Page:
Maccabi teen athletes to compete in spirit of community

Bailey Roos shows her 2014 medal. photo/ojfcc

Delegations from five Bay Area JCCs are about to head to Wisconsin, Florida and Texas for the JCC Maccabi Games, large sports competitions for Jewish teenagers held every summer in North America.

“The whole idea of Maccabi is you’re there in an incredibly supportive community,” said Daniel Malament, director of marketing for youth and teen programs at the JCC of the East Bay.

As delegation head, Malament will accompany 39 teenagers to Fort Lauderdale, Florida, to compete in baseball, basketball, soccer, tennis, swimming and table tennis in the games Aug. 9-14.

The Addison-Penzak JCC in Los Gatos will send 10 athletes to the games in Milwaukee, and the Oshman Family JCC in Palo Alto and Peninsula JCC in Foster City each will send 11 athletes to the games in Dallas. The Milwaukee and Dallas games will be held simultaneously, Aug. 2-7.

With 61 athletes, the JCC of San Francisco is going to double down, sending some to Dallas and some to Fort Lauderdale.

At 2014 JCC Maccabi Games, the boys’ basketball team from JCC of San Francisco poses in Cherry Hill, New Jersey, and members of JCC East Bay soccer team show camaraderie. photo/jason minick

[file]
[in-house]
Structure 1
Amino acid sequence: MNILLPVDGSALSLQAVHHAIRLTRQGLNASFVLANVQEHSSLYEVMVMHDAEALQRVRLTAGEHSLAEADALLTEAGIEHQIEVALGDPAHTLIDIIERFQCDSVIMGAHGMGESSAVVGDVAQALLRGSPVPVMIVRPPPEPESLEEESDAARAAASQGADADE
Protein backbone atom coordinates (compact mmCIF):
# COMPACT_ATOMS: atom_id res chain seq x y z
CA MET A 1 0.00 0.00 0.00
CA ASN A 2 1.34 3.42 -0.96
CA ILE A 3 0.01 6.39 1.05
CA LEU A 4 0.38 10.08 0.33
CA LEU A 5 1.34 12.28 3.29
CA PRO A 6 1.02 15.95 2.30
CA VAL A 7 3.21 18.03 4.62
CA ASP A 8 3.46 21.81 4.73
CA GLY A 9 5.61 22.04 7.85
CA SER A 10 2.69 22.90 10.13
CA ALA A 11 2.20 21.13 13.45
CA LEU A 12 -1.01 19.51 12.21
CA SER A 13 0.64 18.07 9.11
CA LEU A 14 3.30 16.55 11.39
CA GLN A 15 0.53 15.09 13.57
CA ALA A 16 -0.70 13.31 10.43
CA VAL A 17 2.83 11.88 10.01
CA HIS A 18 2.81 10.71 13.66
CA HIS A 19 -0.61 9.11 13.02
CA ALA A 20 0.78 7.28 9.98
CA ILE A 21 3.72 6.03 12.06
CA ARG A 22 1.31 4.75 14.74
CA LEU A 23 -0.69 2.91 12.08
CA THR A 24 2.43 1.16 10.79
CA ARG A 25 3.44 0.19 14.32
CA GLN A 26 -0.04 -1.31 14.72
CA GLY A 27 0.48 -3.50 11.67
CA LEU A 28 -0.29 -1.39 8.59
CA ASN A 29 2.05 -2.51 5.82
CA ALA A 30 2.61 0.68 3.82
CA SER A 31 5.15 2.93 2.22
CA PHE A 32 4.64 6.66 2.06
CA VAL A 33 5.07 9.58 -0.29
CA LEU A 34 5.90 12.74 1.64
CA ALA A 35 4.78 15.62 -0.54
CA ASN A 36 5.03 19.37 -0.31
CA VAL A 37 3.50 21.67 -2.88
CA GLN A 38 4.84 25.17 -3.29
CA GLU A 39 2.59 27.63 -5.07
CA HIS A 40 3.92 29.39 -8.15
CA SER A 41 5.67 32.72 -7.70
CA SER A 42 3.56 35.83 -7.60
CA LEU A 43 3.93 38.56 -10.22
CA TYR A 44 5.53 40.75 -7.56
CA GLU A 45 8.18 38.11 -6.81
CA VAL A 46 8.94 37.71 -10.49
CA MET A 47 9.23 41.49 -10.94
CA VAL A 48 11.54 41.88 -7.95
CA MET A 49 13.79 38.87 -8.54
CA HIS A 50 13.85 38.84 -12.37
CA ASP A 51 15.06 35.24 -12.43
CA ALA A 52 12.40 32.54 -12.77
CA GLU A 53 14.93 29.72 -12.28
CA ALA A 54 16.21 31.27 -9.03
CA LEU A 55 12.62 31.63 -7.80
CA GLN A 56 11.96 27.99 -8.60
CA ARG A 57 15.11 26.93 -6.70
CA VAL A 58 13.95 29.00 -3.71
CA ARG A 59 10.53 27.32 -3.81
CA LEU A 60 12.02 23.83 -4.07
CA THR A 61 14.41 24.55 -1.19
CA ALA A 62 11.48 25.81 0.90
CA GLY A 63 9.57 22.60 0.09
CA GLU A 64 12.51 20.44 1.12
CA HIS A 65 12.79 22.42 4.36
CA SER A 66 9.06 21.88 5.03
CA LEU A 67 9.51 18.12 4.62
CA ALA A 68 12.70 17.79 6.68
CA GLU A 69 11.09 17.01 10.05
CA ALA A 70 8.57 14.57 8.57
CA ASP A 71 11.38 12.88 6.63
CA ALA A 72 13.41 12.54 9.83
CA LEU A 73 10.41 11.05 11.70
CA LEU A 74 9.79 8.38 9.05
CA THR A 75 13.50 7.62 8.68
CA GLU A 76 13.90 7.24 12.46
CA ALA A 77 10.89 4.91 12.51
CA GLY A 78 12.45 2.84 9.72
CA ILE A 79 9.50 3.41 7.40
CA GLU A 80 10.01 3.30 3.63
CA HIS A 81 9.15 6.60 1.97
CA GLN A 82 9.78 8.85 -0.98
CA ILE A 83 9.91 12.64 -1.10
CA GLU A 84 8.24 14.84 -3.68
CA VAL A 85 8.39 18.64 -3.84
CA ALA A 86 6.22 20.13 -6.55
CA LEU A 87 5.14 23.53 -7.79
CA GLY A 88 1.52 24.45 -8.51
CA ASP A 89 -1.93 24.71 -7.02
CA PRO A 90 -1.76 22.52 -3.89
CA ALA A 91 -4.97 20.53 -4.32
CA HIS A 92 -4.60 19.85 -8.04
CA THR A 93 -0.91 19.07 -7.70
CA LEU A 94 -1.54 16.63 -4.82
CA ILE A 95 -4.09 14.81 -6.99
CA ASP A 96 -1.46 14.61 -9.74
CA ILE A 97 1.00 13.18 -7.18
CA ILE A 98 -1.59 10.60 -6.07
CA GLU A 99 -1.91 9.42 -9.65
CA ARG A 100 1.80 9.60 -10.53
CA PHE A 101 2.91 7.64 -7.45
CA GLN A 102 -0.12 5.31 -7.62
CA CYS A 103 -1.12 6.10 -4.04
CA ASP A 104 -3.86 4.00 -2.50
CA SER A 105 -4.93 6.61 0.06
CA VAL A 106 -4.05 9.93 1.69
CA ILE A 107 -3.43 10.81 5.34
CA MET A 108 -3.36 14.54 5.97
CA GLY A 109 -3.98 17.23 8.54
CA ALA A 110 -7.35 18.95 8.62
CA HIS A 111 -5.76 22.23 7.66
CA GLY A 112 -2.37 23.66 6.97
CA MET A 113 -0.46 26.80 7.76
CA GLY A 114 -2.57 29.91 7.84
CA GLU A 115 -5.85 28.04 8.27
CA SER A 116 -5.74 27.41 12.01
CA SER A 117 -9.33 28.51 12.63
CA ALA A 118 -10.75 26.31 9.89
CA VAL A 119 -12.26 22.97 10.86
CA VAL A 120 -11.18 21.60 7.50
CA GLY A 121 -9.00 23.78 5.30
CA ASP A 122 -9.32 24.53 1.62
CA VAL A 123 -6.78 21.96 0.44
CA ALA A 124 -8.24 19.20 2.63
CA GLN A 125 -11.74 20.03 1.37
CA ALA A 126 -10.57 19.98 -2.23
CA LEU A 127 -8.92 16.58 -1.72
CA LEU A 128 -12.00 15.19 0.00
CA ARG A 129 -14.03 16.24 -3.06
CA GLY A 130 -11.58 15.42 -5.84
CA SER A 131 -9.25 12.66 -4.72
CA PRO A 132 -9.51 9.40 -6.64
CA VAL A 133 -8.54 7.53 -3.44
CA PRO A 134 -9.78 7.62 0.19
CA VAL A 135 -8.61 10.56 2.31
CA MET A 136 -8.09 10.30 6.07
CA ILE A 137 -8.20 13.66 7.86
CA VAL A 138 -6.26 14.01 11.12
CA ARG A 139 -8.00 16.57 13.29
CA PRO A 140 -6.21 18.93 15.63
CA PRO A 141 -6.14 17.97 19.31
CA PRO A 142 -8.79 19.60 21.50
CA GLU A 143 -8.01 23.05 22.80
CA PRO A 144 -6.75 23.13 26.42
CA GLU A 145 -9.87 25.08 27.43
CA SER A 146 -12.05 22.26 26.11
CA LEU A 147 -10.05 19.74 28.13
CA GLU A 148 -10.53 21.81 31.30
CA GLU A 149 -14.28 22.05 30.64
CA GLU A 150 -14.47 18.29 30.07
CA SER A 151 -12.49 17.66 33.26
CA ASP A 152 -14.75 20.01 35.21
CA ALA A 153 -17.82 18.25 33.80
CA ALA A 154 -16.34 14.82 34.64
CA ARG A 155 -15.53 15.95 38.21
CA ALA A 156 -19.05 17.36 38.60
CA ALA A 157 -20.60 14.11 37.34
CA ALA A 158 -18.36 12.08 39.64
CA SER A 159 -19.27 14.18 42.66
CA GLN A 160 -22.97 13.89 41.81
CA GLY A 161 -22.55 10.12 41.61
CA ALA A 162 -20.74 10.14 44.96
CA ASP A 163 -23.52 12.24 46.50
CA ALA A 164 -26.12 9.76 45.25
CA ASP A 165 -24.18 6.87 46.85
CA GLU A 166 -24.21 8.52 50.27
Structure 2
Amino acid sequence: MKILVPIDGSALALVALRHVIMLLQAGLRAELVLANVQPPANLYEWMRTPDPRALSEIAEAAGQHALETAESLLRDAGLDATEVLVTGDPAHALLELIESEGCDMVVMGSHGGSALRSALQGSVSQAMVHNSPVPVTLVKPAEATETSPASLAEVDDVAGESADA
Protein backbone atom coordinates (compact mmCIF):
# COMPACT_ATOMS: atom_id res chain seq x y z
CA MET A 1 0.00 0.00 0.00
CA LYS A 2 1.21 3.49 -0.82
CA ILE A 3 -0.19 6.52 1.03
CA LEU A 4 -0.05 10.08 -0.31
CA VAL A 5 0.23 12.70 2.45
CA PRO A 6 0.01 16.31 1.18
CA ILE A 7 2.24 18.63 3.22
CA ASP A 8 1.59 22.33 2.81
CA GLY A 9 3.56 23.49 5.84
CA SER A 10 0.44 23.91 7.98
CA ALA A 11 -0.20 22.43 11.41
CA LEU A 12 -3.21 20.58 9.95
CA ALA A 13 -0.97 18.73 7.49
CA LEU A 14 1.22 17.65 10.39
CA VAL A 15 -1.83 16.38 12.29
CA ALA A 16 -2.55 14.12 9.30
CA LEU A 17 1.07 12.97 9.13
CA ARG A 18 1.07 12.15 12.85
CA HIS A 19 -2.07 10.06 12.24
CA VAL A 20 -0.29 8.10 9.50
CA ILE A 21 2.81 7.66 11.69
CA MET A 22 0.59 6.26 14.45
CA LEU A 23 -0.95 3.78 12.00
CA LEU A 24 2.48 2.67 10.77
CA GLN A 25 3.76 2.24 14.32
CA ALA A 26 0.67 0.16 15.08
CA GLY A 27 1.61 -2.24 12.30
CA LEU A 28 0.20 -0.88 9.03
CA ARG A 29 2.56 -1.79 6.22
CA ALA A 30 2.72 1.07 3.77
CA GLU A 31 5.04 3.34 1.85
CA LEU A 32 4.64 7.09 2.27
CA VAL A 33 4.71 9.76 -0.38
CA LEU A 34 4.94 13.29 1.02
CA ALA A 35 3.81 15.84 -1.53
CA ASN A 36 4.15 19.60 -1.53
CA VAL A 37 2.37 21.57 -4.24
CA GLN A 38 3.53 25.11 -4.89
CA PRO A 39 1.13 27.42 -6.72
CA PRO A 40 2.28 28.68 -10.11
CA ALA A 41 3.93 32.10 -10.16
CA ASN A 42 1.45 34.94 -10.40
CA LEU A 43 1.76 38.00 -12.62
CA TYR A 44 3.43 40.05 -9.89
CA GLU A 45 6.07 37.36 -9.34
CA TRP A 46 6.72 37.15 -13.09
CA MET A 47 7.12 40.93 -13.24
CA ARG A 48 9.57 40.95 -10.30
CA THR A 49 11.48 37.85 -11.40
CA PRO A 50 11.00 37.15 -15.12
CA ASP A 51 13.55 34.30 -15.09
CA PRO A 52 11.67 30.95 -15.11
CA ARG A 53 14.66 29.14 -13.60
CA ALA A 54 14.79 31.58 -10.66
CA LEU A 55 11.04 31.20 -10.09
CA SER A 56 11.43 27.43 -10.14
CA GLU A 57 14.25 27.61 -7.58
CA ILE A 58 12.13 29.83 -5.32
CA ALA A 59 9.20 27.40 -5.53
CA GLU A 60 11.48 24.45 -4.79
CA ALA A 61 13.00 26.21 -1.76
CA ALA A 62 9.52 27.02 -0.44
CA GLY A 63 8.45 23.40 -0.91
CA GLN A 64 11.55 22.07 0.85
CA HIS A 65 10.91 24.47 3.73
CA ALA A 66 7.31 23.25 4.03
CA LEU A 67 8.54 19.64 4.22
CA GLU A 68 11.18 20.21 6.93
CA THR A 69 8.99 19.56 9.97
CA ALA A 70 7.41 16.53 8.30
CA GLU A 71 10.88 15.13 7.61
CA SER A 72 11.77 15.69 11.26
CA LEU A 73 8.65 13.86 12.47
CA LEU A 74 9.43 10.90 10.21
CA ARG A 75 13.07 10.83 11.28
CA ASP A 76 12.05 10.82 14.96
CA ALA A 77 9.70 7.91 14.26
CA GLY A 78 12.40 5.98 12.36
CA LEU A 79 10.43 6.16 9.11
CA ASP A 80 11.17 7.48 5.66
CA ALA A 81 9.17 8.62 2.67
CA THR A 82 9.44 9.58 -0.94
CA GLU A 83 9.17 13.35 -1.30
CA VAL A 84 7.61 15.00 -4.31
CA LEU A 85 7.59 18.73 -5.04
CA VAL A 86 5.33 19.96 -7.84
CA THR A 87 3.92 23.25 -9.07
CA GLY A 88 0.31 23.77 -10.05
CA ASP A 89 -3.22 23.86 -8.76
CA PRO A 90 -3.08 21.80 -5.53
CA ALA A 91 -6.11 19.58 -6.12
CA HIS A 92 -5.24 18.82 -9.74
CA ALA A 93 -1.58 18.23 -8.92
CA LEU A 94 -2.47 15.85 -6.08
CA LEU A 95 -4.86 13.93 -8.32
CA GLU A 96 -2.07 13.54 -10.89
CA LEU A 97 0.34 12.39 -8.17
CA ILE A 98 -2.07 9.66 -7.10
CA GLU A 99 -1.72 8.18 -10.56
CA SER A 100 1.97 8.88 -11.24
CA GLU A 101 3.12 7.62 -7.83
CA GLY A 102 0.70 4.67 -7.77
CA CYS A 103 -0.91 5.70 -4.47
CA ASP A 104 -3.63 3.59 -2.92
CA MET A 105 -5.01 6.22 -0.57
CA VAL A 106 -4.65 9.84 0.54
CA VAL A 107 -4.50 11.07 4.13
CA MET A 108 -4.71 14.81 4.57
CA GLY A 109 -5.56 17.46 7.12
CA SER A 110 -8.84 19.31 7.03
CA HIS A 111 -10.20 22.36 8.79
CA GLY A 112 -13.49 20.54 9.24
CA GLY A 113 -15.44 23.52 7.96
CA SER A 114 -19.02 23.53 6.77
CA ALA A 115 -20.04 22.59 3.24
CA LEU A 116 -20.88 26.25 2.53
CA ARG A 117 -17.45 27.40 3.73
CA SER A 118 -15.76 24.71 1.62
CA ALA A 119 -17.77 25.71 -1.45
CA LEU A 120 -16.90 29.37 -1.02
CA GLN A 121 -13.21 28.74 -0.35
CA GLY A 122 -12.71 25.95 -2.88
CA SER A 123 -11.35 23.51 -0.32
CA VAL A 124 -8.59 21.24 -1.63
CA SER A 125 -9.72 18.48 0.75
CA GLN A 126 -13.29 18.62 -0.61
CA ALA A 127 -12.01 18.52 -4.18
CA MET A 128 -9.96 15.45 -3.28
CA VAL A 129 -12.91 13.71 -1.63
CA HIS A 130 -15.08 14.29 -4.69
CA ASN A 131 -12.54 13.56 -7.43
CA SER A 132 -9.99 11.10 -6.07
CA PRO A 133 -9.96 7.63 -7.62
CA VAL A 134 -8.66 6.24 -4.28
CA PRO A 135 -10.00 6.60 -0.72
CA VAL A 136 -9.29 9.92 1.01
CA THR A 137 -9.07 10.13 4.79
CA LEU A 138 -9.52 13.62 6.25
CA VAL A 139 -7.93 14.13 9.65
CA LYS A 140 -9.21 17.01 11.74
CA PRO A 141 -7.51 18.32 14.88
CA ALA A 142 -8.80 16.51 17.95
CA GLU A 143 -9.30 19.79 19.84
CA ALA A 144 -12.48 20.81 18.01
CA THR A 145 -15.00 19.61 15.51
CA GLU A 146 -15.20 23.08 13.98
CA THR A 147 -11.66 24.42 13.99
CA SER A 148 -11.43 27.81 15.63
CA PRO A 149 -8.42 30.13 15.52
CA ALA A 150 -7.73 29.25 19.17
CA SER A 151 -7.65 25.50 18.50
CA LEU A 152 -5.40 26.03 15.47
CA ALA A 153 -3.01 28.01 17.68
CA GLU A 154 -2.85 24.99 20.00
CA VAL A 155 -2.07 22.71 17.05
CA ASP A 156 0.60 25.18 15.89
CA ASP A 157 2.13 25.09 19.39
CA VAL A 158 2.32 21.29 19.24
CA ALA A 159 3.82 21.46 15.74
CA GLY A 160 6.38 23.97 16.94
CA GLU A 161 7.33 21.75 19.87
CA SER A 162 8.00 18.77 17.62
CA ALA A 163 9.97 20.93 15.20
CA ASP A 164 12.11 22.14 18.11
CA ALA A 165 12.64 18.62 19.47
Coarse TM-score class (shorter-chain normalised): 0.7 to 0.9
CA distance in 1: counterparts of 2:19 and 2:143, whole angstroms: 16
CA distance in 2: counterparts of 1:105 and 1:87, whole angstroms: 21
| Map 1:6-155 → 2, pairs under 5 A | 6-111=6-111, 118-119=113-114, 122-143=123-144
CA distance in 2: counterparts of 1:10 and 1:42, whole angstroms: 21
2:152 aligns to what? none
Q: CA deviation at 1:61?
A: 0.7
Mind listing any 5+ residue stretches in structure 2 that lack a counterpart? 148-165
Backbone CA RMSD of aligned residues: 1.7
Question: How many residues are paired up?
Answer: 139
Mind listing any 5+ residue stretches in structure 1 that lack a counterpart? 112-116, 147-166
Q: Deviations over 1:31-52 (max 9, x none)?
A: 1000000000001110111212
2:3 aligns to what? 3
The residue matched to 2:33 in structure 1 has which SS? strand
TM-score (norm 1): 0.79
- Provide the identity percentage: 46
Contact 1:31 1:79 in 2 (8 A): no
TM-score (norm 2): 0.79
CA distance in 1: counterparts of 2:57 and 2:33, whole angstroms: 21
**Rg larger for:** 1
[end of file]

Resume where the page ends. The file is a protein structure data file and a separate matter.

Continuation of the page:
This is the 33rd year of the JCC Maccabi Games, which bring together Jewish teens, ages 13 to 16. Most are from the United States and Canada, but teams from other countries also participate. Though under the Maccabi umbrella, these games differ from the European Maccabi Games, which are taking place now in Germany, and the Maccabiah Games (the “Jewish Olympics”), which are held every four years in Israel; those competitions do include teens but are geared toward older, higher-level athletes.

The Florida JCC Maccabi Games will attract about 1,200 teen competitors, Malament said, creating an impromptu and unique Jewish community for the duration of the competition.

“Kids come from Israel, Australia, Great Britain and Mexico,” Malament. “It exposes them to the diaspora of people all across the world and all across the country.”

Athletes stay with host families during the games, and if a JCC doesn’t have enough athletes to support an entire team in a given sport, they are able to create a joint team with players from other locations.

photo/jcc east bay-daniel malament

Five volunteer coaches will accompany the East Bay competitors. Baseball coach David Sibony, 20, who competed as a teenager, is returning for his second year as a coach. After he aged out of playing in the games, but before he was old enough to be an official coach, he paid his own way to accompany the delegation as an unofficial coach.

Malament said that while some participants in the Maccabi Games have had bar and bat mitzvahs or come from observant families, others don’t have as much outside experience in organized Jewish life.

“It really gives them a sense of Judaism that they maybe haven’t had before,” Malament said.

Drew Himmelstein
Drew Himmelstein

Drew Himmelstein is a former J. reporter who writes about education, families and Jewish life. She lives with her husband and two sons.